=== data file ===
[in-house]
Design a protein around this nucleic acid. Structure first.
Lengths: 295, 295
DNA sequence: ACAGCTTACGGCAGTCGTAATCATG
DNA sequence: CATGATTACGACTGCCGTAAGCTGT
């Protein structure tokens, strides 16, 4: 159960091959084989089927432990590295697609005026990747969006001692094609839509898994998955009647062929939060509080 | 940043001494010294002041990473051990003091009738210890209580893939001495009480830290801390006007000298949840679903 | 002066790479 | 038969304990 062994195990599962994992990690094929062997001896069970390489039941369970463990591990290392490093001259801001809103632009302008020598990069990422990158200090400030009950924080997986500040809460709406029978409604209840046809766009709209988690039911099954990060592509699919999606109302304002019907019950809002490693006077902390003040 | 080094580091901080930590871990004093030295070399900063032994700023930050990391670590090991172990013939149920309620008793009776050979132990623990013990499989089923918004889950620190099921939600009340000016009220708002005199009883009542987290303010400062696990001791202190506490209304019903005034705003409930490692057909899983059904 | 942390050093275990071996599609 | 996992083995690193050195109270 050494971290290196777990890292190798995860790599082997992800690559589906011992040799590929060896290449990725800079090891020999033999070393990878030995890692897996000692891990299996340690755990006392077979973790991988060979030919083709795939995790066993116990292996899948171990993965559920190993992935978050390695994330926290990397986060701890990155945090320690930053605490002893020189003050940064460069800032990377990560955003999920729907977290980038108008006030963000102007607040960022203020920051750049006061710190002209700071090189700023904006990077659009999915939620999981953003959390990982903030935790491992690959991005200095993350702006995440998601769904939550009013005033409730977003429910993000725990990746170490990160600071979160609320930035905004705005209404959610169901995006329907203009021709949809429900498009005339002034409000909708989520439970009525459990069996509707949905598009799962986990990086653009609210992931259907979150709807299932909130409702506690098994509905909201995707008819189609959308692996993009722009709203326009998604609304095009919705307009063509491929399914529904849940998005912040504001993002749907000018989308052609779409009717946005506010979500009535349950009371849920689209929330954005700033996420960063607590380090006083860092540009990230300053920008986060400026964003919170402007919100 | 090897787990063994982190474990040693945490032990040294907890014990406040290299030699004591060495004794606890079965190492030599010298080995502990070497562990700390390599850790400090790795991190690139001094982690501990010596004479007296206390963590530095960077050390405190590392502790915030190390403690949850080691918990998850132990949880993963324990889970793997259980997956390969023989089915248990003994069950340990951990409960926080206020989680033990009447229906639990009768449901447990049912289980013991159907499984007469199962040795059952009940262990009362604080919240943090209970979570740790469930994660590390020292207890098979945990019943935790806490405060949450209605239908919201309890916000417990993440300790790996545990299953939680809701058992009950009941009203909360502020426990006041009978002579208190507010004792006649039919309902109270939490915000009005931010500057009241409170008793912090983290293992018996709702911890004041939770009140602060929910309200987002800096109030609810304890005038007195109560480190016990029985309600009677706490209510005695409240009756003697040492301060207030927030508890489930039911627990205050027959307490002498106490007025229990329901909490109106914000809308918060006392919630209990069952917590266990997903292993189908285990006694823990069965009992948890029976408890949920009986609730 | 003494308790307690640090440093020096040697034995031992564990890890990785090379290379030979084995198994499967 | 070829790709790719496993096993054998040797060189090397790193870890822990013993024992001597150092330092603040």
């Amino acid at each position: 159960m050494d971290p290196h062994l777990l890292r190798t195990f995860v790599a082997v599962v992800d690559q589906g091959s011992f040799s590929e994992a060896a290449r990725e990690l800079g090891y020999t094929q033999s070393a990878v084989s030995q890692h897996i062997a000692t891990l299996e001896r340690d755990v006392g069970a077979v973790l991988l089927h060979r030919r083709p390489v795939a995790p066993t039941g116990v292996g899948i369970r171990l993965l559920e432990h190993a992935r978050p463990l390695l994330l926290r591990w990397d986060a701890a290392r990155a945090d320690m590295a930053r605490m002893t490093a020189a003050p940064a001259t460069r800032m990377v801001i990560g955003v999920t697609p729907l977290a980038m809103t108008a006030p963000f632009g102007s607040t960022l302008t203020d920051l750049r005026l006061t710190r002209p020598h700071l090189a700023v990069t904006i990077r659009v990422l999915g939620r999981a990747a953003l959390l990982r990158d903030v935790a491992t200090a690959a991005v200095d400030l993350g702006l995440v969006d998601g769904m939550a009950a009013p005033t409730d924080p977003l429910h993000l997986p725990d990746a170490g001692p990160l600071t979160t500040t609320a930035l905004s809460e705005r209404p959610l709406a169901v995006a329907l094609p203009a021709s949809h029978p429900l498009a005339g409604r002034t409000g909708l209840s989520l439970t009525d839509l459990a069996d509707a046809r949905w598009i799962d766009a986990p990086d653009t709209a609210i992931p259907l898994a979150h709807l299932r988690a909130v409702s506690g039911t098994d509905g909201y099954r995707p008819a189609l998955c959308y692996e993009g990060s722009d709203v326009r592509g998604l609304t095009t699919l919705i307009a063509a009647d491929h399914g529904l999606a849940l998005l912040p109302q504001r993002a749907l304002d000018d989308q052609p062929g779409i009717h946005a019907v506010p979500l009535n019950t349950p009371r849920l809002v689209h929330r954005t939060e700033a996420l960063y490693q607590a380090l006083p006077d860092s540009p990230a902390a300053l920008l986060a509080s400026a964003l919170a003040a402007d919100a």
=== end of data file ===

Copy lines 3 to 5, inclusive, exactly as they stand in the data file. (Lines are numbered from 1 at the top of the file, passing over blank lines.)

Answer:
Lengths: 295, 295
DNA sequence: ACAGCTTACGGCAGTCGTAATCATG
DNA sequence: CATGATTACGACTGCCGTAAGCTGT